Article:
Agricultural Reviews

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Agricultural Reviews, volume 44 issue 4 (december 2023) : 501-508

General Perspectives for Management of Animal Facilities during Pandemics or Similar Crisis: A Review

H. Hirkani1, P.N. Korlekar1, K.N. Kohale2,*
1Vivekanand Education Society’s College of Pharmacy, Chembur-400 074, Mumbai, Maharashtra, India.
2Department of Biological Sciences, Tata Institute of Fundamental Research, Colaba-400 005, Mumbai, Maharashtra, India.
Cite article:- Hirkani H., Korlekar P.N., Kohale K.N. (2023). General Perspectives for Management of Animal Facilities during Pandemics or Similar Crisis: A Review . Agricultural Reviews. 44(4): 501-508. doi: 10.18805/ag.R-2276.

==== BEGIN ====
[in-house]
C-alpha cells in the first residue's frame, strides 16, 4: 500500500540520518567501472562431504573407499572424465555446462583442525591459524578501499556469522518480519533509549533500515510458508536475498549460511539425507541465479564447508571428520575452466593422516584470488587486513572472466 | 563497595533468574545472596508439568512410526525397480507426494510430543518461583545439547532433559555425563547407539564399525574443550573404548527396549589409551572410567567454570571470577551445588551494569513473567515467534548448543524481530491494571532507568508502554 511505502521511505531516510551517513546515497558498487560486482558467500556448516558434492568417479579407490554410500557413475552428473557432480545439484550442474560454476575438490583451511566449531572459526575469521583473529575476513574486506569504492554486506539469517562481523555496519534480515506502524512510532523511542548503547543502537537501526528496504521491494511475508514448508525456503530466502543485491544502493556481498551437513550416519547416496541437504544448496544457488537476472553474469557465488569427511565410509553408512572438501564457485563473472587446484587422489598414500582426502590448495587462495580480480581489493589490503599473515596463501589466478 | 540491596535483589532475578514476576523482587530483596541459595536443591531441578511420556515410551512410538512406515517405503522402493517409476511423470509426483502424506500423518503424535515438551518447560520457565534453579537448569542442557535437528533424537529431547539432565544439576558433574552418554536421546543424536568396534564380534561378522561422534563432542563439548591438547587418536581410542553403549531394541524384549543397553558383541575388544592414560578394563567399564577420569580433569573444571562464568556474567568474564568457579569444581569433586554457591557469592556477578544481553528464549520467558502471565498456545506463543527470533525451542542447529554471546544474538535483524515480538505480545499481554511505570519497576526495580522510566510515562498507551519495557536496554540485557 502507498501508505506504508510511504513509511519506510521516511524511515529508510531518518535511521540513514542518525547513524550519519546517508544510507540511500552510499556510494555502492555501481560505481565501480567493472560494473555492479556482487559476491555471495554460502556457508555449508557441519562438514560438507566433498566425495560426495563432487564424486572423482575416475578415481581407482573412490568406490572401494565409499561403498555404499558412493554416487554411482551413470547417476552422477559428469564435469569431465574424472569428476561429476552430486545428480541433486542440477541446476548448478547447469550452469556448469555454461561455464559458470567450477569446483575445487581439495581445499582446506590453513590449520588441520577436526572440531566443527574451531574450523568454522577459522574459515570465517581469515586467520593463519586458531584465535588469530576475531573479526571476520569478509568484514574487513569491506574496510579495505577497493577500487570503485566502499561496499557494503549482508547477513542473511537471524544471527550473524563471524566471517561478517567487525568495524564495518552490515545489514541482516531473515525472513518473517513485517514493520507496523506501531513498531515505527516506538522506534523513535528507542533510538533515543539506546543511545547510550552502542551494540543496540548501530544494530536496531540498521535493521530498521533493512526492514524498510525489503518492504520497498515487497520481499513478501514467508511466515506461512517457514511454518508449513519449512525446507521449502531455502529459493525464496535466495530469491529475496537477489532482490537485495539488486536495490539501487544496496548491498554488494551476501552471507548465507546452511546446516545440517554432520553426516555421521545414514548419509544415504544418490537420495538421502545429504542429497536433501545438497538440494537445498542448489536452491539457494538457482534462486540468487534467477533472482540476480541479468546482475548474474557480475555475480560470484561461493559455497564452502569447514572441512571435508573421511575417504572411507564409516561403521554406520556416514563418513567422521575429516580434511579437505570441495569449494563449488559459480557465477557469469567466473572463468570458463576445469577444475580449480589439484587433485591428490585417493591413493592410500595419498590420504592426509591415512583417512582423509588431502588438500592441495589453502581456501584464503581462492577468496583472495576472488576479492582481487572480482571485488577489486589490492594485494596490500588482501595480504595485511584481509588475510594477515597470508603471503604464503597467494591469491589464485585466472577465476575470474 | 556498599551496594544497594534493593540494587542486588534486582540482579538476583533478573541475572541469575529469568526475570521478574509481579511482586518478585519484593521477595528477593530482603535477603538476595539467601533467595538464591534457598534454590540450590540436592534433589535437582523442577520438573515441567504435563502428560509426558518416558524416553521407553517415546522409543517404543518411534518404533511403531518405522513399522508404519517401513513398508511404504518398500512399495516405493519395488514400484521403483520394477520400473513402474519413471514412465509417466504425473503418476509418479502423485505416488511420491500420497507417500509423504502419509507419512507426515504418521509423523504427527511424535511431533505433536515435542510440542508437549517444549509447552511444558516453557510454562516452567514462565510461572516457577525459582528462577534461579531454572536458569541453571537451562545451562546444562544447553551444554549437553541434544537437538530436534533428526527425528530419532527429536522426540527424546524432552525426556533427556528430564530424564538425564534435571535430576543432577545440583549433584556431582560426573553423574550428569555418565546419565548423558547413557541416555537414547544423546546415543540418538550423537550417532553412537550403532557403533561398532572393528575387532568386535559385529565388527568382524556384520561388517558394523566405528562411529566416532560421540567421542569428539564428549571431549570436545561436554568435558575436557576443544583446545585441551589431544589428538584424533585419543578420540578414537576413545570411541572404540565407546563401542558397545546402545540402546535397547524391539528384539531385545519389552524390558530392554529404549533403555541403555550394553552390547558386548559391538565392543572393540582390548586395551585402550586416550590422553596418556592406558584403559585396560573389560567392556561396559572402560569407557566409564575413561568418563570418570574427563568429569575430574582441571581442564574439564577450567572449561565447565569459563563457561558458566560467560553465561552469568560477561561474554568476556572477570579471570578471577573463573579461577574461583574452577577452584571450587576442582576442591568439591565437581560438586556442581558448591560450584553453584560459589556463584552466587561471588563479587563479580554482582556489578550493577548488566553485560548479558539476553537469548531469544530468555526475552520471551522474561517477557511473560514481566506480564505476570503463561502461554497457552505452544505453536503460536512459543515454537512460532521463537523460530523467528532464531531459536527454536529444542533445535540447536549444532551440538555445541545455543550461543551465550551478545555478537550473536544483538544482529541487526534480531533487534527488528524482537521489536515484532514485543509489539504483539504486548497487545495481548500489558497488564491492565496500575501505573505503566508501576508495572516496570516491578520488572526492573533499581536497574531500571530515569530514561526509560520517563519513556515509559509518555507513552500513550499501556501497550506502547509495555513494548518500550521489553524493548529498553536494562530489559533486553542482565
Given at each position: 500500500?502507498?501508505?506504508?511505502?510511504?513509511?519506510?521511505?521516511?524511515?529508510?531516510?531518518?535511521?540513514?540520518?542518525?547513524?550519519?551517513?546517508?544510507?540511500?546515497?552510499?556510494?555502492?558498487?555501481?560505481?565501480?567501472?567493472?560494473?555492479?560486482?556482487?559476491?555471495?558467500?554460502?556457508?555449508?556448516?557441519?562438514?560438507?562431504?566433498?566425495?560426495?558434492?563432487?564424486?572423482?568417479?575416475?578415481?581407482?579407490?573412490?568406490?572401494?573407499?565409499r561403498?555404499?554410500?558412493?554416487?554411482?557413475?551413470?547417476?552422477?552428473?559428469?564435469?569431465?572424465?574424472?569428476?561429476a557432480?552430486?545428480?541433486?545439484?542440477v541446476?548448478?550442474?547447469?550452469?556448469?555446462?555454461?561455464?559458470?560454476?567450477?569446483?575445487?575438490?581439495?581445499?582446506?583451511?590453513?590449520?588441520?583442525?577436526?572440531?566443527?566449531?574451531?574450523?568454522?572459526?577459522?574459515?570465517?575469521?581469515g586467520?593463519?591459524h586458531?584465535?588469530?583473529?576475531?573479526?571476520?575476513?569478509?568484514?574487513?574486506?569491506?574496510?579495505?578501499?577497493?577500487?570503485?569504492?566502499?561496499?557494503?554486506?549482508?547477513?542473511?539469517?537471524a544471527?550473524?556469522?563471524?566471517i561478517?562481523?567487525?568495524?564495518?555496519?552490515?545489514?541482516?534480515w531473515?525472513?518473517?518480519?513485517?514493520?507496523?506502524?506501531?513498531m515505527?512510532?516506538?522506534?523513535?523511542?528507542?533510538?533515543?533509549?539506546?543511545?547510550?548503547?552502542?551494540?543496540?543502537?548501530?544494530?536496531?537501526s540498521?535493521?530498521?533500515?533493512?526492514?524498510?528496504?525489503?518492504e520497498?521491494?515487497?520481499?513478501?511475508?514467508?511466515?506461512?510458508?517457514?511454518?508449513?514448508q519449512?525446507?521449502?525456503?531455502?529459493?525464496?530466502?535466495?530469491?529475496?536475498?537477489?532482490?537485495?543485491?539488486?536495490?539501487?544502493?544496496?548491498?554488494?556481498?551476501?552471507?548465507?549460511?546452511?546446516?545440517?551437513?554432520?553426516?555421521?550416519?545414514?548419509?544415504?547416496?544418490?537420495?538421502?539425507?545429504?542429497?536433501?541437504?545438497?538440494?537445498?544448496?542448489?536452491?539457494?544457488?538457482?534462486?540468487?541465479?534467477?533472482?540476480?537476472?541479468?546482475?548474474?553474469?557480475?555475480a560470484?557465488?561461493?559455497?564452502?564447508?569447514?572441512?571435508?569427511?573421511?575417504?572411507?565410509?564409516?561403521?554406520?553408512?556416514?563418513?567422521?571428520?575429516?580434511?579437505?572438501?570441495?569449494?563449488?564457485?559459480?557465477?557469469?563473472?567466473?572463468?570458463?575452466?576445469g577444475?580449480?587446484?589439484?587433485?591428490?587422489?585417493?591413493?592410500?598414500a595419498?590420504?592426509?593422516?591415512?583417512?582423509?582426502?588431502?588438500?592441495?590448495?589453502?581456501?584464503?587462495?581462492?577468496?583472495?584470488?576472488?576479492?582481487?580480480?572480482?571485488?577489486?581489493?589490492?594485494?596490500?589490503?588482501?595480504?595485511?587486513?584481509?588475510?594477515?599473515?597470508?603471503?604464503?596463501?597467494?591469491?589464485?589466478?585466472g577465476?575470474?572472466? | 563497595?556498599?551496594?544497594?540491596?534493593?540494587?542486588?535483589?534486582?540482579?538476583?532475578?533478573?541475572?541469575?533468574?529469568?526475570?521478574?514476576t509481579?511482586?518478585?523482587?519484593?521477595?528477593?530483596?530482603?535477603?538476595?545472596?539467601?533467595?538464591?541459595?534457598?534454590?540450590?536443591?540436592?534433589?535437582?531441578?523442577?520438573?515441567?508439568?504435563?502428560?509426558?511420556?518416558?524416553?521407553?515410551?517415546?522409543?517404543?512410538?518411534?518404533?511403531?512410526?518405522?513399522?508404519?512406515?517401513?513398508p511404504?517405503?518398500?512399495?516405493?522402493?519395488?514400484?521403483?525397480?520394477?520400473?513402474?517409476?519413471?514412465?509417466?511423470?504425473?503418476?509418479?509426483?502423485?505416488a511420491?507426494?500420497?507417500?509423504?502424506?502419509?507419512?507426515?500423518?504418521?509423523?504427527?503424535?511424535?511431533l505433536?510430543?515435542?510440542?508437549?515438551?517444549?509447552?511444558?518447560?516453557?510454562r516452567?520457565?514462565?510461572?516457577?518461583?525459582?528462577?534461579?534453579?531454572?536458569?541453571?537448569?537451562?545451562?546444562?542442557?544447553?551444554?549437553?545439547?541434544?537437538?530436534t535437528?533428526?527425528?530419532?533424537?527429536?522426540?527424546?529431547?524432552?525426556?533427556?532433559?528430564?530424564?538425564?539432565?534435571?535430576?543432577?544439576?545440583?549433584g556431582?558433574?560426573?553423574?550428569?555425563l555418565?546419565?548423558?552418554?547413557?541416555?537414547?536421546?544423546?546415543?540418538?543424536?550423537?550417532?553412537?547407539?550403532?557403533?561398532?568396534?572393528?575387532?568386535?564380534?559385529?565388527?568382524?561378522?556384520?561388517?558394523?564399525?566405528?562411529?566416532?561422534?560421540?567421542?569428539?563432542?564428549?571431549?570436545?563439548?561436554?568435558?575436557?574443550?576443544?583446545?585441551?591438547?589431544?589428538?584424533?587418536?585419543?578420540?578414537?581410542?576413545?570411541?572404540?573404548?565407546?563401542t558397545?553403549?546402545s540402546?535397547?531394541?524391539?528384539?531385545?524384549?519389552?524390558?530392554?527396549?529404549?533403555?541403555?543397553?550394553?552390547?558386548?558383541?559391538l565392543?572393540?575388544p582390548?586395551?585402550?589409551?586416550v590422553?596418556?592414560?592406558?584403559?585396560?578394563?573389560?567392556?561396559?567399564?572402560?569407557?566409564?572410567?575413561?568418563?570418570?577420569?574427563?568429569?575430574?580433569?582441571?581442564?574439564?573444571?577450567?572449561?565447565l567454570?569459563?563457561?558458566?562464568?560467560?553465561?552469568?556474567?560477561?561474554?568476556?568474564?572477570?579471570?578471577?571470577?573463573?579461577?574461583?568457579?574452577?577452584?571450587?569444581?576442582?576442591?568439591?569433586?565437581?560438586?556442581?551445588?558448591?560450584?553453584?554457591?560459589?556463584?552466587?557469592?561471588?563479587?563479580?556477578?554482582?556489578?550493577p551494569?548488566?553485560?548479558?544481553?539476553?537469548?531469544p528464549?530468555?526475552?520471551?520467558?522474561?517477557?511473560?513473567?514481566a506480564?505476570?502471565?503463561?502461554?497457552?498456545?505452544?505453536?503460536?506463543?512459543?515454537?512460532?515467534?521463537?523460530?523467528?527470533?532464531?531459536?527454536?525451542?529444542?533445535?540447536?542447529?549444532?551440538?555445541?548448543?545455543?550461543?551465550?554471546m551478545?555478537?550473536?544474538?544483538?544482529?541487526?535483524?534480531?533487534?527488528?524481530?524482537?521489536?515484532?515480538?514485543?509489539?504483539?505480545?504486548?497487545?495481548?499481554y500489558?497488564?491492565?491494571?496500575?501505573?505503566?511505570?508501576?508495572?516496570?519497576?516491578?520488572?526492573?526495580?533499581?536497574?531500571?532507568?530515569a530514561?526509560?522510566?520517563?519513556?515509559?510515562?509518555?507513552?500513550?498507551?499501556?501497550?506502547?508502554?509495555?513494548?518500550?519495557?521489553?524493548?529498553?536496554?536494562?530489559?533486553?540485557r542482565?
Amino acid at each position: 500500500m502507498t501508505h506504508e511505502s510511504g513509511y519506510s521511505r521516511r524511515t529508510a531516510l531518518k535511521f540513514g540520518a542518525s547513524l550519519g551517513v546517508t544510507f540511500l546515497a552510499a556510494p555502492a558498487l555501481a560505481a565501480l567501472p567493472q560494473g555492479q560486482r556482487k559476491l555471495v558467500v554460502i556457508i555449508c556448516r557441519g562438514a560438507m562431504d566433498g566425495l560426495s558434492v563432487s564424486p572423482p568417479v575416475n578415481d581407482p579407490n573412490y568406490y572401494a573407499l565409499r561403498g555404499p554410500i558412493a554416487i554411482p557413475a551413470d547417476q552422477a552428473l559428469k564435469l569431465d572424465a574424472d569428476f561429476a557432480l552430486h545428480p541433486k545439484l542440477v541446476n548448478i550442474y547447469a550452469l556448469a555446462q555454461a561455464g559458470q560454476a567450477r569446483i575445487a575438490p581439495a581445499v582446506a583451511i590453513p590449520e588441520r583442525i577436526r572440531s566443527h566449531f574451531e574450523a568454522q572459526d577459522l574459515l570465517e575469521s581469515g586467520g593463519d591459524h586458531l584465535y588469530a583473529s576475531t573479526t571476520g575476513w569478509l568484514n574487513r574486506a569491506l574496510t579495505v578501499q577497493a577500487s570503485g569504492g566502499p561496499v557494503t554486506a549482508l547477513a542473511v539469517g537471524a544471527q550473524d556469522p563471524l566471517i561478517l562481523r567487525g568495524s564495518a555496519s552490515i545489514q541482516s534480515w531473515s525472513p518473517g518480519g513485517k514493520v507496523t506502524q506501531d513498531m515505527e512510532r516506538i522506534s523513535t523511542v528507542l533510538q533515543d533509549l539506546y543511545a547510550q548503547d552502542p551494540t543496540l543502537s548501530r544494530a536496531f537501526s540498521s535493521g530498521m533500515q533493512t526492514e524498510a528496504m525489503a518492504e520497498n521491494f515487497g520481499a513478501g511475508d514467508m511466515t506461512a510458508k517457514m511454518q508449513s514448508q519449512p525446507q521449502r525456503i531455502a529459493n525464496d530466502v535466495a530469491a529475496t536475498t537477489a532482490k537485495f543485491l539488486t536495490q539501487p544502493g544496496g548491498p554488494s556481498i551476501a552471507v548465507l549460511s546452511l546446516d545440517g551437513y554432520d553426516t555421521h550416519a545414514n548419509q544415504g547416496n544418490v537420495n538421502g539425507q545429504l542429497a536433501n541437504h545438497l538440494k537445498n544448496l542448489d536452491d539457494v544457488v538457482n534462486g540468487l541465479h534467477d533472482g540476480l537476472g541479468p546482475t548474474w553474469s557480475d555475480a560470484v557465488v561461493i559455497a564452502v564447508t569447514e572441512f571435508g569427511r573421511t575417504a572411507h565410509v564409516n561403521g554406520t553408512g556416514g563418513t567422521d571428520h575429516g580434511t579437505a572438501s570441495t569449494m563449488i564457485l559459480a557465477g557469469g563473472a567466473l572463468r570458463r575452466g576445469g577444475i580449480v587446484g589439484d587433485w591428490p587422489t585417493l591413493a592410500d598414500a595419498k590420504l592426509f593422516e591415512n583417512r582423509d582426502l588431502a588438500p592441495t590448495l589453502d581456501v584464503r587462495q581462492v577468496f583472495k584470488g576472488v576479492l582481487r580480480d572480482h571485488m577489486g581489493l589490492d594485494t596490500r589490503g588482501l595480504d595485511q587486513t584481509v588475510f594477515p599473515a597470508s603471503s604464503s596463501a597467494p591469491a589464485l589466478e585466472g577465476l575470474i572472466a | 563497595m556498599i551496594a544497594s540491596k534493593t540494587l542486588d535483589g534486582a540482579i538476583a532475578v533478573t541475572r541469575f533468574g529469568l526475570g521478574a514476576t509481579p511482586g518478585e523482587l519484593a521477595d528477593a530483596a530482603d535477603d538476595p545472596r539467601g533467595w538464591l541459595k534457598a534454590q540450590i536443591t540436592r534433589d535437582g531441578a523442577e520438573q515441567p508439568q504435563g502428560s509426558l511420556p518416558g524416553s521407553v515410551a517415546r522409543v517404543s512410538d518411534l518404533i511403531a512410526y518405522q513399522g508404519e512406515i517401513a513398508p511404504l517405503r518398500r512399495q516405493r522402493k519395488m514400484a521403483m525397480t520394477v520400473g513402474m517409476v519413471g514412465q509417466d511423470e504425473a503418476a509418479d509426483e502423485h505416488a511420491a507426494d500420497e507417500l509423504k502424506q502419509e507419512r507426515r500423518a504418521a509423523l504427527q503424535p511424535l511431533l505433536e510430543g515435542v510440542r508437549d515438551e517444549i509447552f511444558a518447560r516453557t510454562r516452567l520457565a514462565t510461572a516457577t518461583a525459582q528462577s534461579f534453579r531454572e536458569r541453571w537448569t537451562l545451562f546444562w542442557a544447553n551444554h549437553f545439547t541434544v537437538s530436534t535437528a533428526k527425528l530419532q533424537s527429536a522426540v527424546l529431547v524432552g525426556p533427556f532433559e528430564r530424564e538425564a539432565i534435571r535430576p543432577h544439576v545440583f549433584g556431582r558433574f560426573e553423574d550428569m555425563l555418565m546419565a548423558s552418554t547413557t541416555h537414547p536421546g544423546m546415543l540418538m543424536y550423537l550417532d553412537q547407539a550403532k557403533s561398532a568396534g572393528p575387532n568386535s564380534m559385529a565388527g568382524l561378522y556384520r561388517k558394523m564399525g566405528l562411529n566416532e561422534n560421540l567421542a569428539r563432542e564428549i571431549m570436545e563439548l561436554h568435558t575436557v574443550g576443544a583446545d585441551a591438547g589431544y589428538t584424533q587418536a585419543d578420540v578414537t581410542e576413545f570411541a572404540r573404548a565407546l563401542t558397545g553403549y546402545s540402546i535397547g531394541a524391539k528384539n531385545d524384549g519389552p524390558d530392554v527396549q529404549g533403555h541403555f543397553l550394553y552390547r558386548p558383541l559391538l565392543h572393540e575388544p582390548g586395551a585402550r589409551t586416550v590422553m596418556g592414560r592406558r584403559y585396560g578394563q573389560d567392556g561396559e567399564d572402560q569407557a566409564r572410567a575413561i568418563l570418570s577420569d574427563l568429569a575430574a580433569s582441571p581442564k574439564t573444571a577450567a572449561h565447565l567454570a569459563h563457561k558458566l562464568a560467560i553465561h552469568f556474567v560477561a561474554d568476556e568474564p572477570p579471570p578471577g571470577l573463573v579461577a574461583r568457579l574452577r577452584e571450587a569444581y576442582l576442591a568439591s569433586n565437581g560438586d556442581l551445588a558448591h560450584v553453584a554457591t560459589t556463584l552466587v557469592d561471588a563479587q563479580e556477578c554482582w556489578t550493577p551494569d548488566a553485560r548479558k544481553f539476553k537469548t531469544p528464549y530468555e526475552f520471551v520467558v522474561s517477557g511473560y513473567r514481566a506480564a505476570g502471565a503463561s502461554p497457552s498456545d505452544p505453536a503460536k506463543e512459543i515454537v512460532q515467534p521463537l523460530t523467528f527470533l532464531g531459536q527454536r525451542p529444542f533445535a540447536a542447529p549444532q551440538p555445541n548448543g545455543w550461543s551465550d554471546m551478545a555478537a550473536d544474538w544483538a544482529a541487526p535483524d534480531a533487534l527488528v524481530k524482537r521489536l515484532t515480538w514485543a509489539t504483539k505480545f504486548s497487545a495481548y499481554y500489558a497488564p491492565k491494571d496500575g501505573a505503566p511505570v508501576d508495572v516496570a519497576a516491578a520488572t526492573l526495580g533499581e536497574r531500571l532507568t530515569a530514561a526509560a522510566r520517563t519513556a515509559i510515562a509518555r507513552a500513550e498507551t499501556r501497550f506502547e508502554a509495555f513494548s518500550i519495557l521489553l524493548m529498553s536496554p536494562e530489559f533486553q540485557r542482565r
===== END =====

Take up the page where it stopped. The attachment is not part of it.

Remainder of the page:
The coronavirus disease 2019 (COVID-19) pandemic has brought to light a glaring issue faced by the research laboratories housing and experimenting on animals. As humans become more empathetic towards the welfare of animals, regulatory and ethical considerations surrounding the experimentation carried out on them has now become a major responsibility of these organizations and facilities. They need to ensure that animal wellbeing is not compromised at any time. To warrant this, especially in epidemics, a contingency plan needs to be put in place. In government organizations, the authorities from the top to the individual personnel working at the various facilities need to work hand-in-hand to allow these plans to be executed well. The plans, tediously put together, include risk assessment, mitigation of the risk as well as recovering from the adversity. Emphasizing on the underlying responsibilities of the government, the institutions and the facilities, which include various approvals, online meetings, transport of essentials goods, personnel trainings, stocking up essentials, etc. is essential. The disaster management plan for epidemics that provides guidelines on how to cope up with the situation during crisis, recuperate and restart the routine activities once things resume as per normal would be highly useful. This would secure animal care, welfare as well as the interests of the researchers working on these animals. This review article aims to describe a disaster management plan for handling similar situation if arise in future.